An editorial in the school newspaper at Wesleyan University has caused an uproar.
Some students have started a petition to shut down the paper after the article raised questions about the ‘Black Lives Matter’ movement and whether it is productive.
On Wednesday, staff at the paper, called The Argus, apologized.
The writer asked whether extremists are inciting violence and if the movement can achieve anything positive.
The backlash caused 147 students to sign a petition saying the paper neglects to provide a safe space for the voices of students of color.
"As an African American student I am not too happy about it - but at the same time I understand there is also freedom of speech, but there is a fine line. You have to know the culture of the school,” said Wesleyan junior A.J. Wilson.
The university’s president said in a statement “As members of a university community, we always have the right to respond with our own opinions, but there is no right not to be offended. We certainly have no right to harass people because we don’t like their views." Censorship diminishes true diversity of thinking; vigorous debate enlivens and instructs.”
The school paper said in a statement “we apologize for our carelessness in fact-checking. The op-ed cites inaccurate statistics and twists facts."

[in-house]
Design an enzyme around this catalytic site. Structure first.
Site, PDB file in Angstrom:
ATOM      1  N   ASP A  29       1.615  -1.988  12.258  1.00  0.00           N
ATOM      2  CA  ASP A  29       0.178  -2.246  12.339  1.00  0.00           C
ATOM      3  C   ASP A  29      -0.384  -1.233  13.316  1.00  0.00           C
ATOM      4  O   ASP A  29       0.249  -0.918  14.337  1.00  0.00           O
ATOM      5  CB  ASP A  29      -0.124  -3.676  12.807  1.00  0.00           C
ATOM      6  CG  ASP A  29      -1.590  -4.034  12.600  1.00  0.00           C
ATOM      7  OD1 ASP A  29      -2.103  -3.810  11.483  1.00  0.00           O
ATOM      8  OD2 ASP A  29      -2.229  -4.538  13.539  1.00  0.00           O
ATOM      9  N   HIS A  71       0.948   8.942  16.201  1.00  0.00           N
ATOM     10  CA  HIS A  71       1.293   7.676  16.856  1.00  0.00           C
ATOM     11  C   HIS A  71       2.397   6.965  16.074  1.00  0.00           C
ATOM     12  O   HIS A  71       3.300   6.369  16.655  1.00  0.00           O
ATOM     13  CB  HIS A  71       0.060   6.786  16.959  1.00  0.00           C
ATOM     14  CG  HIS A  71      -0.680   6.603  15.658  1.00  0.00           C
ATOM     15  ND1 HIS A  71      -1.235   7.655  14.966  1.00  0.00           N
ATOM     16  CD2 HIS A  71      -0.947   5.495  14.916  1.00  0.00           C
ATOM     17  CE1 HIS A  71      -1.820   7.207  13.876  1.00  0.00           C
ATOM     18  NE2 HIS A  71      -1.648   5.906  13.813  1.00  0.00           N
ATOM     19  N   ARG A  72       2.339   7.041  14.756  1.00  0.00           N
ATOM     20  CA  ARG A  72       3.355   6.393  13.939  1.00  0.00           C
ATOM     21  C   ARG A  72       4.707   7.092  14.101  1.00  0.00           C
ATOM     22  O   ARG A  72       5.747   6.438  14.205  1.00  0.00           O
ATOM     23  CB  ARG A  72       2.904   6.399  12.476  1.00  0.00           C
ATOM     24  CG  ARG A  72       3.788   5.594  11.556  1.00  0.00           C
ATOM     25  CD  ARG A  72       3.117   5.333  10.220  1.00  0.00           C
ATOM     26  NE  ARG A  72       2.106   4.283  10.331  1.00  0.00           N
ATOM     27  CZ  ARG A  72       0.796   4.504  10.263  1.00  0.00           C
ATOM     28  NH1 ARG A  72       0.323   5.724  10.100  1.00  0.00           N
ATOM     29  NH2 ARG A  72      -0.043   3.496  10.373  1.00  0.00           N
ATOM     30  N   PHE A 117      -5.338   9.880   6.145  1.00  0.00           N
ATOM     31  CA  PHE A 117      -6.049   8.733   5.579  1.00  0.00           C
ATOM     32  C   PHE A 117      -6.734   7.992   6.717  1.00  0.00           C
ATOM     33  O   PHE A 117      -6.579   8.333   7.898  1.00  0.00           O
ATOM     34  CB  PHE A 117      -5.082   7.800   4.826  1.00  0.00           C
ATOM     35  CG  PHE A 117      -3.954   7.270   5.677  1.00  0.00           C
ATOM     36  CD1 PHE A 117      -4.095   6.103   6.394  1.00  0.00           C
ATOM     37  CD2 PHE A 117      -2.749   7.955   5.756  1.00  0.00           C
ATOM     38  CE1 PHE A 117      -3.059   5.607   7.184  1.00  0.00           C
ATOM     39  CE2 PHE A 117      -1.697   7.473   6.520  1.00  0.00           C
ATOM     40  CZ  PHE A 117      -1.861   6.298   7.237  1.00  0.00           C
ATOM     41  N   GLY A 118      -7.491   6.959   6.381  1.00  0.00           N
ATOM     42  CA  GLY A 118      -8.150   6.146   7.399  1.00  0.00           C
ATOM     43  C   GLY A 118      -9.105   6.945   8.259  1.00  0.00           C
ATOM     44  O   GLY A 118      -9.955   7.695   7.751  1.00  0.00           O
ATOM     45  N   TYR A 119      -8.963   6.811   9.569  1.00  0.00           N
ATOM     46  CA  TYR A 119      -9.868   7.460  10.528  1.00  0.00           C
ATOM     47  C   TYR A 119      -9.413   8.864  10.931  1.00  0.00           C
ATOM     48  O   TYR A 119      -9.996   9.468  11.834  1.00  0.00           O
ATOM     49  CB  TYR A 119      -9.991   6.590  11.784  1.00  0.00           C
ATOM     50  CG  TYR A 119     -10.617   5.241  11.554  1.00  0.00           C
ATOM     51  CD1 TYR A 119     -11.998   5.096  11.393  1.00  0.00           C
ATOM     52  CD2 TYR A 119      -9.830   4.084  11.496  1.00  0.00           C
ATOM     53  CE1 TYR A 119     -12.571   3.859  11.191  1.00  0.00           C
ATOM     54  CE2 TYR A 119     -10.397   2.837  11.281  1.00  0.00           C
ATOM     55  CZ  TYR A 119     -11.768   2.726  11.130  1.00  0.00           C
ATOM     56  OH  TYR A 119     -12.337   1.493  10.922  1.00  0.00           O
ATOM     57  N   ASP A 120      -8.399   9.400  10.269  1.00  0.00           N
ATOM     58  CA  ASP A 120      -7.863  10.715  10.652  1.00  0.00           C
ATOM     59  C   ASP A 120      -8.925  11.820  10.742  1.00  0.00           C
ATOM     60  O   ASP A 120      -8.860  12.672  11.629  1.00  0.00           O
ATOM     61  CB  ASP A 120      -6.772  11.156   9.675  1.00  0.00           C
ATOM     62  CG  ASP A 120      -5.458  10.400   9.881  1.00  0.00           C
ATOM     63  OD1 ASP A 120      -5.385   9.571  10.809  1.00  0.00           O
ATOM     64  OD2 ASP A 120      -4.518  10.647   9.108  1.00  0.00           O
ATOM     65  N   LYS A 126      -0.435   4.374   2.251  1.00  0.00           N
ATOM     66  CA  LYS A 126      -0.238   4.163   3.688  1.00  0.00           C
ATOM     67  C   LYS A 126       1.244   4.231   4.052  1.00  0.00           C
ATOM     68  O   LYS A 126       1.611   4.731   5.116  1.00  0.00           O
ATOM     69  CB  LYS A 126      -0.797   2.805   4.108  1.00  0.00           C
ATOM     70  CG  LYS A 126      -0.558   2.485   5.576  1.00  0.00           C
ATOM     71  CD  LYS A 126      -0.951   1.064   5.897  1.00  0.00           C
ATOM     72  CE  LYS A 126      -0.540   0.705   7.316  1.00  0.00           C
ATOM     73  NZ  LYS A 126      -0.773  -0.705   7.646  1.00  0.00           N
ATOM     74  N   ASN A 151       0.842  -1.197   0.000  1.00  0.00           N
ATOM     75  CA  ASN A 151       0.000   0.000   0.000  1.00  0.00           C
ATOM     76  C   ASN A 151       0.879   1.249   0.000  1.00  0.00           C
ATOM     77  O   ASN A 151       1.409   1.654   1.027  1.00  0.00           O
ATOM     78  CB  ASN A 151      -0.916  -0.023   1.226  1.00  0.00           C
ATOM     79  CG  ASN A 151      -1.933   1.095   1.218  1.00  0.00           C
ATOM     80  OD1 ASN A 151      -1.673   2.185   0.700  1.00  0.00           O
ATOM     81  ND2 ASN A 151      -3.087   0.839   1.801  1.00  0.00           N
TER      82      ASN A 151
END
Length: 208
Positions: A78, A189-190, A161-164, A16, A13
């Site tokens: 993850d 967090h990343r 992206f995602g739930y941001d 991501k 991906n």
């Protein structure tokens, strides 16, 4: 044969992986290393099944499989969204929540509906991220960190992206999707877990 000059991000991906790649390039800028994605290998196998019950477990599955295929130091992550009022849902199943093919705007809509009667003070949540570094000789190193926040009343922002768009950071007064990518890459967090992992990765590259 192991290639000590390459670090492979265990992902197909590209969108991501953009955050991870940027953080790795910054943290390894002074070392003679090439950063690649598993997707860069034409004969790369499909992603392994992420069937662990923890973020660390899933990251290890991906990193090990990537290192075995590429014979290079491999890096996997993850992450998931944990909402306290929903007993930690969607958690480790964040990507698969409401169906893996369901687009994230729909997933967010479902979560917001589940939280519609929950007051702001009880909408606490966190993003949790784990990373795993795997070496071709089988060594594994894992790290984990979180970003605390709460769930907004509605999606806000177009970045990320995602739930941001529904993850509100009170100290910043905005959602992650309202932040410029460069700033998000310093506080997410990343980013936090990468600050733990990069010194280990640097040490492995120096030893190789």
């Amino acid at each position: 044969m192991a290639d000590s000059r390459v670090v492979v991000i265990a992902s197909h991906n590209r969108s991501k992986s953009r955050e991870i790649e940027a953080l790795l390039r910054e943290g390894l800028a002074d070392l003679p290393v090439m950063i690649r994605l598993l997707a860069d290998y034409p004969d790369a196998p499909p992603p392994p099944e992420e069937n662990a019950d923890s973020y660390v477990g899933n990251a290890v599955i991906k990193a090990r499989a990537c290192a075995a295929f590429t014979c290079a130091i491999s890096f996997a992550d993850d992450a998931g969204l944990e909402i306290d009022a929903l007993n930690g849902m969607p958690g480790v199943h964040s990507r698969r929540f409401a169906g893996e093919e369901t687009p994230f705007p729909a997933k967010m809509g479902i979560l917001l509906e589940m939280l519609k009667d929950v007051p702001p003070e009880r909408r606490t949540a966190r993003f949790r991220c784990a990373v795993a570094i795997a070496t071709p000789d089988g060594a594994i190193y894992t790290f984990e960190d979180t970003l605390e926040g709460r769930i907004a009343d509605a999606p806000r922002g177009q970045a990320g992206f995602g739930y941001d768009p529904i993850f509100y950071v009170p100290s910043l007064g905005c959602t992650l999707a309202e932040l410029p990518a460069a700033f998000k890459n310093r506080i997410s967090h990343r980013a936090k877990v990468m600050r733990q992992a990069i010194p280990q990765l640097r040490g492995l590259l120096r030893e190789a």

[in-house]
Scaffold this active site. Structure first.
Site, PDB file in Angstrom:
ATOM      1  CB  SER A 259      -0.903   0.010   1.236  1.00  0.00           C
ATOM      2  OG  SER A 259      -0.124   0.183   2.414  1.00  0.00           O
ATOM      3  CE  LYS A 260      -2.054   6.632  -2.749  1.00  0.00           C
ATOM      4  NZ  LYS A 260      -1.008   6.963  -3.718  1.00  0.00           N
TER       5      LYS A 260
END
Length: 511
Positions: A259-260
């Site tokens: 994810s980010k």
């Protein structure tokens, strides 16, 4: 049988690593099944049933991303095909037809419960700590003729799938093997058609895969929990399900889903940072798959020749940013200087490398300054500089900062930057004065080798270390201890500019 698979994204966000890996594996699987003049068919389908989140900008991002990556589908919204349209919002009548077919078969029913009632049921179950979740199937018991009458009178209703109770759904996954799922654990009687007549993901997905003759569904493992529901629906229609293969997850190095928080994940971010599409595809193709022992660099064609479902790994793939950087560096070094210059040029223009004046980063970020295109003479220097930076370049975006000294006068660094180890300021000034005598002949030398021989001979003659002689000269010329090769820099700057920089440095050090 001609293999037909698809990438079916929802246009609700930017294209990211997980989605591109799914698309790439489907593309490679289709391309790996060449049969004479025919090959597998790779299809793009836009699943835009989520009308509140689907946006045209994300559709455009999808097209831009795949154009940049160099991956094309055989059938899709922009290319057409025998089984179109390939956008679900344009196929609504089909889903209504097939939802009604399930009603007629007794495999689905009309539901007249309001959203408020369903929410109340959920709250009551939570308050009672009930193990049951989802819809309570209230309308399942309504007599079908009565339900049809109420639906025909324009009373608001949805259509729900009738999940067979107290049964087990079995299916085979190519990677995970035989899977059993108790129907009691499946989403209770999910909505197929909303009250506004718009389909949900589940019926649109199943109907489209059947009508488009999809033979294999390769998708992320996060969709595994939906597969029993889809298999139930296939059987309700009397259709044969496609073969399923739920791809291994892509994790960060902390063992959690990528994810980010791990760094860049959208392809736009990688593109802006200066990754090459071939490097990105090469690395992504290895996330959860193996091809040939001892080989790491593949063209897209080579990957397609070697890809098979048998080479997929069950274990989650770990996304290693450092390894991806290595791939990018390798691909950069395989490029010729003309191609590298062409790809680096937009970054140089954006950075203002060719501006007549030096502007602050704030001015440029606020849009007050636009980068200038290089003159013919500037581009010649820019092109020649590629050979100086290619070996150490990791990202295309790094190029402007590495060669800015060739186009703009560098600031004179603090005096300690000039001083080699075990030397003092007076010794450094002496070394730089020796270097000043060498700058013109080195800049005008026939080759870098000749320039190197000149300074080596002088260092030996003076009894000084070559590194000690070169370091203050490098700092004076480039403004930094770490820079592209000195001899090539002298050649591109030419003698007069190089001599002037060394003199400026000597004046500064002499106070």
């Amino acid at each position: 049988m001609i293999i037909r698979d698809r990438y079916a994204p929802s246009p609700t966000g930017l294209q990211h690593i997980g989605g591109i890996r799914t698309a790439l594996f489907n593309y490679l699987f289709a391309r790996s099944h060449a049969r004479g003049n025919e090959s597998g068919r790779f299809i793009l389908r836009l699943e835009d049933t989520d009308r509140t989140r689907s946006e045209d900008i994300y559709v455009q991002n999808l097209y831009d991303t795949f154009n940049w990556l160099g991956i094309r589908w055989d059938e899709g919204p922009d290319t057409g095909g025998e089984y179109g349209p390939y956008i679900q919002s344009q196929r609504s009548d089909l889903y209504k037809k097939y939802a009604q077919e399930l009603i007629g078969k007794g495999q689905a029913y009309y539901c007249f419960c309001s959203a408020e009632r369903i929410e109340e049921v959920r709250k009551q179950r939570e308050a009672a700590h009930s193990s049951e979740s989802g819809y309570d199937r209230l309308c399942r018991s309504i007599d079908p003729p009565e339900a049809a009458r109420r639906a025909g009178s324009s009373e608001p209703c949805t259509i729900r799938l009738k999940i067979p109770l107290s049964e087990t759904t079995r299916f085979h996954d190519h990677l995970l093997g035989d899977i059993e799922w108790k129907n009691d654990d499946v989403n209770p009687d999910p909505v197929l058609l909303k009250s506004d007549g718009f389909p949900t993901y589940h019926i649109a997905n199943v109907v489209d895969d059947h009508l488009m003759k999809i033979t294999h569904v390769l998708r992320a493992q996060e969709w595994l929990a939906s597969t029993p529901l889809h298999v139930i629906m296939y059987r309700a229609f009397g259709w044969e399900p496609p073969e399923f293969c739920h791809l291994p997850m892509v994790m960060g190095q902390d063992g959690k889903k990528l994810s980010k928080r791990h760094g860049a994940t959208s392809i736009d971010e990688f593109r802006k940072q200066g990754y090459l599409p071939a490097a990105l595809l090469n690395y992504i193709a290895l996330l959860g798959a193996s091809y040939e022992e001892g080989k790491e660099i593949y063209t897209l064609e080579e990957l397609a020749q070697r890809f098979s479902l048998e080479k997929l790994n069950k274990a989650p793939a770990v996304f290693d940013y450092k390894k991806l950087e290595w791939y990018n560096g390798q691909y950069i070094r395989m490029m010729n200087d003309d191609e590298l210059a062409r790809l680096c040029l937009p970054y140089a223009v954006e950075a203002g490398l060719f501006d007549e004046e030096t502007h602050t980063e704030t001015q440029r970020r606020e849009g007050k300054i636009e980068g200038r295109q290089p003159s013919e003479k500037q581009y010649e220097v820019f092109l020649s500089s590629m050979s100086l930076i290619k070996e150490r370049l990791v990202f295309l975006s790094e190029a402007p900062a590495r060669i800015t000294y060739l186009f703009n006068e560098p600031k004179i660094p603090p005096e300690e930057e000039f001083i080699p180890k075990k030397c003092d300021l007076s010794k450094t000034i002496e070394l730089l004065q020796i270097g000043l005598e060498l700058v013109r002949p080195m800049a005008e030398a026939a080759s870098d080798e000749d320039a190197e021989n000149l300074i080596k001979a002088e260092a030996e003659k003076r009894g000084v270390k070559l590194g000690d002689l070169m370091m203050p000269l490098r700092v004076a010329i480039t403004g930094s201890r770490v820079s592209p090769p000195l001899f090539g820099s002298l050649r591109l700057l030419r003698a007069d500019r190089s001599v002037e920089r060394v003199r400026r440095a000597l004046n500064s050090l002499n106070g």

The paper also stated “the piece was published without a counter-argument in favor of the ‘Black Lives Matter’ movement alongside it. We’ve made it our mission to examine these flaws closely and do our best to rectify them.”
Graduate student John Hossain said he supports free speech, but as for ‘Black Lives Matter’ he said there may be problems.
"Any controversial movement can incite violence, but that's not an excuse not to go into a movement and speak your voice on it --- because at that point what does anything change,” Hossain said.
The editorial and petition have prompted Wesleyan to have a town hall style meeting on Sunday.
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